Consider that China is the more direct and volatile wedge between the two nations and that better ties would help them stave off or stop China’s advances:
Exports to Japan dropped 70 percent since the far-right Abe administration came into office, led by exclusively Korean products like makgeolli or traditional rice wine, which dropped 74 percent, soju, noodles and cosmetics.
Although the main reason is the weak yen, the Korea International Trade Association says improving bilateral ties despite Tokyo’s lurch to the far right could help improve exports.
KITA’s Tokyo office polled 300 Korean companies about their difficulties, and icy bilateral ties were cited as a major reason by 28 percent in 2014 and by 30 percent this year.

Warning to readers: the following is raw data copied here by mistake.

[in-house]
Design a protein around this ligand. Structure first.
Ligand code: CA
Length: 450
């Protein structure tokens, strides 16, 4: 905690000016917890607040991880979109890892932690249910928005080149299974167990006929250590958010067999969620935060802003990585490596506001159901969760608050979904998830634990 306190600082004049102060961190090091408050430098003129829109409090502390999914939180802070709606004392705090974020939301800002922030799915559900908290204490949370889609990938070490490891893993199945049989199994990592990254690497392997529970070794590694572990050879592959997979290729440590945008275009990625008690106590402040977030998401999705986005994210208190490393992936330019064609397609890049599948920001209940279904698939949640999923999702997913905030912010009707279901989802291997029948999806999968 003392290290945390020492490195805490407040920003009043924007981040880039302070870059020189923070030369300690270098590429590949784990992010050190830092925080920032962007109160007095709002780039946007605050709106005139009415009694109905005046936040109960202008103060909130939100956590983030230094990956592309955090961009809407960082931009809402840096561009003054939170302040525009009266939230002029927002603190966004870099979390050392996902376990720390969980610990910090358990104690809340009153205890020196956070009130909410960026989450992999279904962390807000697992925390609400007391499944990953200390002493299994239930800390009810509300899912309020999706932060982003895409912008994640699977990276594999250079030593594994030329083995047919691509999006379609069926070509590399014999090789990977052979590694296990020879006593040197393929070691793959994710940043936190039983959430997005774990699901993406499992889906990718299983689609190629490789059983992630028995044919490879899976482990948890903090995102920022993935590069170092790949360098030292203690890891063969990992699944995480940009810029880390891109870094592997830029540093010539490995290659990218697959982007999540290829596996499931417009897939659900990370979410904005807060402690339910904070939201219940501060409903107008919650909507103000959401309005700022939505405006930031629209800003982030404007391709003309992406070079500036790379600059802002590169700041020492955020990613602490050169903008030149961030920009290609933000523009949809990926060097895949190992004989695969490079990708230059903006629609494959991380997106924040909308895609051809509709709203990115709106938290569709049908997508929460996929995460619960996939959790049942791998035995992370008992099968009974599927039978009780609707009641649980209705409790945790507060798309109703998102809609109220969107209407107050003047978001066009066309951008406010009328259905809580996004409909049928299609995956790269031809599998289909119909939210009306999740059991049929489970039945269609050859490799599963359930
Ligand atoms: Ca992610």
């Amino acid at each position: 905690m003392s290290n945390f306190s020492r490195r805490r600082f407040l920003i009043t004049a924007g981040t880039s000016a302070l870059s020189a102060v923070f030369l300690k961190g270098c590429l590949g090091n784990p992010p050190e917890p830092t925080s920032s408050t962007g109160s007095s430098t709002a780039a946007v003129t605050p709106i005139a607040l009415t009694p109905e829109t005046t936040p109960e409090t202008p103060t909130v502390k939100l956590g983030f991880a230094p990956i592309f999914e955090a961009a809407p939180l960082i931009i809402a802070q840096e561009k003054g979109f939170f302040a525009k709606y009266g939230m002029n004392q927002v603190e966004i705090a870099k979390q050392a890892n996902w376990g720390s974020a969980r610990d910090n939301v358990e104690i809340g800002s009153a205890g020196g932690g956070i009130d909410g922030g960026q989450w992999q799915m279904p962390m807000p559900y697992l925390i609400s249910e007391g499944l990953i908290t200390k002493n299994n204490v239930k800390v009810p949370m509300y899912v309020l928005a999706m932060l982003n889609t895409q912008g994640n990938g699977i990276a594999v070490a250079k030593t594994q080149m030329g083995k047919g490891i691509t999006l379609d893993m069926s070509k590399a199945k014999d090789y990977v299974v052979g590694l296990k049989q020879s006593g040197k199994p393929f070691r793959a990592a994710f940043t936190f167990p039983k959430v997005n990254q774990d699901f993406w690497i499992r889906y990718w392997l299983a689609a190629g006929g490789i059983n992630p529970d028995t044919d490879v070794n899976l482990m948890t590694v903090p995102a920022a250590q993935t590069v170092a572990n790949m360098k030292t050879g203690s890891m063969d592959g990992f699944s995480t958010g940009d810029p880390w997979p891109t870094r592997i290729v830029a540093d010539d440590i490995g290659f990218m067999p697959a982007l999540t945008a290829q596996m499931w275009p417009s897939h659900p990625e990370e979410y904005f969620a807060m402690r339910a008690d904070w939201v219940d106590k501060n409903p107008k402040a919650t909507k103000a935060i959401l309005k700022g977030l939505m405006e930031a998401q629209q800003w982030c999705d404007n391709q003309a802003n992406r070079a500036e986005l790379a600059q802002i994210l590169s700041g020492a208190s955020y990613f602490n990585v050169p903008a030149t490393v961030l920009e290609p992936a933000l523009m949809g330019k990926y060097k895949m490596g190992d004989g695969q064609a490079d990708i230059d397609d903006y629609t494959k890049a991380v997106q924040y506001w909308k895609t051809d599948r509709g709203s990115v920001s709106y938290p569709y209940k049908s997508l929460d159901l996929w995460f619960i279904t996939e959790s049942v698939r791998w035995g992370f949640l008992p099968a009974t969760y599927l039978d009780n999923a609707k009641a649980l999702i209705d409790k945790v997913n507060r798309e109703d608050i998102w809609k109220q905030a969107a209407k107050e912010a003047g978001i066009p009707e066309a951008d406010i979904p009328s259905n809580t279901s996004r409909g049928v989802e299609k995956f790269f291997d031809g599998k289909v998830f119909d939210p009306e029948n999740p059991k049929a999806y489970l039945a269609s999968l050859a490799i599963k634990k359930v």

In a similar poll in 2013, they did not feature on the radar at all.
In a straw poll of 266 Japanese customers, 47 percent said chilly relations between the two governments led to a decline in trade with Korean businesses. Some 64.4 percent of them said they would increase trade with Korean companies if bilateral relations improved, while only 14.4 percent said they did not.